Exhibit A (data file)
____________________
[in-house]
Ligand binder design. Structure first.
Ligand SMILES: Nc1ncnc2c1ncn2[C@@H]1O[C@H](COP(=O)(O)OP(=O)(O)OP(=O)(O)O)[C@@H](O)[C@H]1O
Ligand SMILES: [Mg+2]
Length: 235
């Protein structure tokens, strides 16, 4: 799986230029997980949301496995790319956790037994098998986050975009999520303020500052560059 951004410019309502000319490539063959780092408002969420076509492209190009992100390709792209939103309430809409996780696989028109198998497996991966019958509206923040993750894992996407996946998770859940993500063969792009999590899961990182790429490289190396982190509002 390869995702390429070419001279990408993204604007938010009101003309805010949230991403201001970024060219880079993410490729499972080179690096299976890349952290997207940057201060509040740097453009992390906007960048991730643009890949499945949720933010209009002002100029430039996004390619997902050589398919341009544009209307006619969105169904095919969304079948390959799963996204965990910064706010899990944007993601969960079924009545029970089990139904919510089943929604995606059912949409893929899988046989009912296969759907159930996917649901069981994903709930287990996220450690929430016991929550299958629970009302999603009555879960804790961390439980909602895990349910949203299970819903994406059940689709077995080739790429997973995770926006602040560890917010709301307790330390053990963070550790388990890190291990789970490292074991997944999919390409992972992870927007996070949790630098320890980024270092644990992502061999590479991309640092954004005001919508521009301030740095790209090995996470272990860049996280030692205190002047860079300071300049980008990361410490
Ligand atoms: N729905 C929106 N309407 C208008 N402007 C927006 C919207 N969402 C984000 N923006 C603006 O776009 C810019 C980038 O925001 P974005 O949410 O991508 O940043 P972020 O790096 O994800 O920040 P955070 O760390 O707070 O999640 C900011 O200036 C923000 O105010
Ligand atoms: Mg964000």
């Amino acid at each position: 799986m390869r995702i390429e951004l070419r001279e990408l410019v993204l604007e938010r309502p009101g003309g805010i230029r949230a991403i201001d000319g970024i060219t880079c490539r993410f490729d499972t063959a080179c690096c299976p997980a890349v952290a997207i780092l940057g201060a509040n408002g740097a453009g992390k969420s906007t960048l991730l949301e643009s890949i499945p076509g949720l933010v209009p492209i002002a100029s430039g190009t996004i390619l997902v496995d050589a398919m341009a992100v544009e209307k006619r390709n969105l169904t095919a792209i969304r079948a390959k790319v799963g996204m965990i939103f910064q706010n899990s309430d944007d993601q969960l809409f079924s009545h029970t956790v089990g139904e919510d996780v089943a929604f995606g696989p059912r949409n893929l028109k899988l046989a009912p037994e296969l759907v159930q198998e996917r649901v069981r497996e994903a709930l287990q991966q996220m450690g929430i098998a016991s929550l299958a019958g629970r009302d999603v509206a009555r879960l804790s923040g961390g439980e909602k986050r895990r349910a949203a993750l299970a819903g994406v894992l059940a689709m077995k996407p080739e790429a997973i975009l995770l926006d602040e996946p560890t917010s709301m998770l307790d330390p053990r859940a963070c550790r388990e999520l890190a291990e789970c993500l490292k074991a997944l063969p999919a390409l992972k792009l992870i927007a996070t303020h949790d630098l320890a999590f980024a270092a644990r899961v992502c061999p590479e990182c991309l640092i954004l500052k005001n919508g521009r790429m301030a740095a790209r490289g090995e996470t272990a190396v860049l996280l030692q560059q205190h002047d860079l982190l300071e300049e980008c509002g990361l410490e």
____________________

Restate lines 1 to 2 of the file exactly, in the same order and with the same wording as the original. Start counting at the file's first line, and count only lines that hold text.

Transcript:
[in-house]
Ligand binder design. Structure first.